Over the 20-ish years I've spent serving in various ministry contexts, I can't count how many times I've heard someone complain about ministers not being practical enough...
"He spends too much time on theology."
"I really wish the preacher would speak to my heart, rather than my head."
"Theology is a waste of time; my boss doesn't care how well I understand the gospel."
While there's certainly no such thing as a perfect preacher who nails every sermon, and sometimes the sermons really are all head and no heart, I can't help but think that much of this revolves around a disconnect about what exactly the Bible is going after when it comes to application.
The #1 goal of the Bible is to...
...teach us what is true and to make us realize what is wrong in our lives. It corrects us when we are wrong and teaches us to do what is right. God uses it to prepare and equip his people to do every good work.
These words from 2 Timothy 3:16-17 were written by Paul, to Timothy, reinforcing Timothy the value and importance of teaching the Bible to people. Pauls' words hit on two big things: 1) teaching was is true and correcting what is wrong; and 2) preparing and equipping for good works.
Head and heart; brain and hands; theology and practice.
In the Old Testament, this combination of theology and practice is called wisdom, and we entire books dedicated to bringing the two together: Proverbs is the obvious pick, but in Jewish tradition Song of Songs and Psalms are both considered wisdom literature. The New Testament book of James is typically lumped together with these three as an example of NT wisdom literature.
Although often used interchangeably, wisdom and intelligence (smarts) are two very distinct things. Intelligence, or being smart, refers to how much one knows. It's a bit like being really good at Jeopardy! because you get all the right answers to all the question. But wisdom is the more practical cousin of intelligence; wisdom is the ability to take what you know and apply it in the right way in order to be productive and fruitful.
Here's the thing: a preacher, minister, mentor, whatever who makes a habit of constantly spewing application and "how to's" is NOT communicating and developing wisdom and IS venturing outside of the instructions given in 2 Timothy. Someone who constantly says (or thinks), "Just give me application; I just want to know what I should be doing" is dismissing 2 Timothy, also. Someone could stand before a group of people and list off several things that a text says people ought to do, and the only thing being accomplished is reinforcing legalism and moralism, and encouraging listeners to be really good at following instructions. Following instructions, even the Bible's instructions, is not wisdom...it's just following instructions.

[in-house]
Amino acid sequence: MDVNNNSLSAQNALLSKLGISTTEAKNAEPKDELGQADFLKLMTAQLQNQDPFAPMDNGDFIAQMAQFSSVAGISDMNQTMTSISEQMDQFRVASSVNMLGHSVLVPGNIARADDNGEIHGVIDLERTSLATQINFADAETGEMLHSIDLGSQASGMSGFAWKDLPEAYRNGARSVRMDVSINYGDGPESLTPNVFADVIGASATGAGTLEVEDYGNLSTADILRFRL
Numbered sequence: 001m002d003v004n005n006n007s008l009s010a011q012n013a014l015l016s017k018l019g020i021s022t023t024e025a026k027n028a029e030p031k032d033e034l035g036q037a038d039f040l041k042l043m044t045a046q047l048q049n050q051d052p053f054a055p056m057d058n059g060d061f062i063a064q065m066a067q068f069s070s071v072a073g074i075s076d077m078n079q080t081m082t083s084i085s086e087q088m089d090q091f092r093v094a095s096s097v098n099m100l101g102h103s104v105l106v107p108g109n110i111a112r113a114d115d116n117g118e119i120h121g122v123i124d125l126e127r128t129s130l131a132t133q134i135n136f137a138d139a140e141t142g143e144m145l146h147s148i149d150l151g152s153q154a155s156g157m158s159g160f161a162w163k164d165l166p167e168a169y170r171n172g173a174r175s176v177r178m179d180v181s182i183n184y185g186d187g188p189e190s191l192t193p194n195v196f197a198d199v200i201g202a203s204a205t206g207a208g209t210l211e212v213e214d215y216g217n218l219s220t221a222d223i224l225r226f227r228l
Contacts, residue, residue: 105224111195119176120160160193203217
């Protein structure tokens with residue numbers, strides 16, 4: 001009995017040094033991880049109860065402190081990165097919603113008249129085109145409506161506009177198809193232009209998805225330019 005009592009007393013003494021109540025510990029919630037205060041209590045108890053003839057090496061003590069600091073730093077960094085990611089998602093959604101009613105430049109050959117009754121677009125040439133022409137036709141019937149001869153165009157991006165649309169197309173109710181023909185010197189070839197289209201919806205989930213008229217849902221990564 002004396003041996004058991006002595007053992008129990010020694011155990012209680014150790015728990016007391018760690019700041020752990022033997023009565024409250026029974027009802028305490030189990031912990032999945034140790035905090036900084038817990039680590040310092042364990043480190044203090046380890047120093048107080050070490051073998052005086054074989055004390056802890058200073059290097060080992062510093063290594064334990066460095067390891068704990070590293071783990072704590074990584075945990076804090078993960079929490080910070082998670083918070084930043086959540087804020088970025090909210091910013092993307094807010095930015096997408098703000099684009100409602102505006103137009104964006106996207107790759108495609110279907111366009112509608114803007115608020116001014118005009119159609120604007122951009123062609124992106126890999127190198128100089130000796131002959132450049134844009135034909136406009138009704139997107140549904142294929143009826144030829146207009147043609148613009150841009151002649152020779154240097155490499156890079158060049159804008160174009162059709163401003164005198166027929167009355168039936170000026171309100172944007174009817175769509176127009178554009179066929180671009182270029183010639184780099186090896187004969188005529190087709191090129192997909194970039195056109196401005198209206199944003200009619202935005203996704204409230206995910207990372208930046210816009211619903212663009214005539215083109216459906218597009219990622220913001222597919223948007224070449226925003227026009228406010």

The book of Proverbs begins...
These are the proverbs of Solomon, David's son, king of Israel. Their purpose is to teach people wisdom and discipline, to help them understand the insights of the wise. Their purpose is to teach people to live disciplined and successful lives, to help them do what is right, just, and fair. (Pr 1:1-3)
This is great! We love this! We all want to have successful lives!
But there's more...
Fear of the LORD is the foundation of true knowledge, but fools despise wisdom and discipline. (Pr 1:7)
The pursuit and desire for wisdom is a good thing, and the Bible is there to help you out. But you'll never gain wisdom unless you first possess a "fear of the LORD" - unless you are first solid in your belief, faith, and trust in God. The only way to know if God is something to believe in, have faith in, and trust is by spending time learning about God (theology) from the only place you can: the Bible. From a Biblical perspective, wisdom is the ability to take what you know about God and the way he interacts with the world (theology) and apply that knowledge to everyday situations you may find yourself in.
And over and over again we see the Bible declaring that wisdom is what it's ultimately going after!
But you need to know things about God first. And depending on whether your knowledge of God is right or wrong, this affects the way you apply what you know. And if your knowledge of God isn't right, then you won't apply it correctly, and according to Proverbs you're then being foolish.
Without a doubt, our faith absolutely must move beyond just knowing things about God. but it also can't be relegated to doing good works, either. Both are incomplete. James 1:22-24...
But don't just listen to to God's word. You must do what it says. Otherwise, you are only fooling yourselves. For if you listen to the word and don't obey, it is like glancing at you face in a mirror. You see yourself, walk away, and forget what you look like.
Like so much in our theological tradition, the full picture is both-and; it's never acceptable to do one but neglect the other. We need both theology and application. But ultimately, Scripture invites us to grow in wisdom - to grow in our own ability to understand and learn theology and to apply our theology to whatever situation we ultimately find ourself in.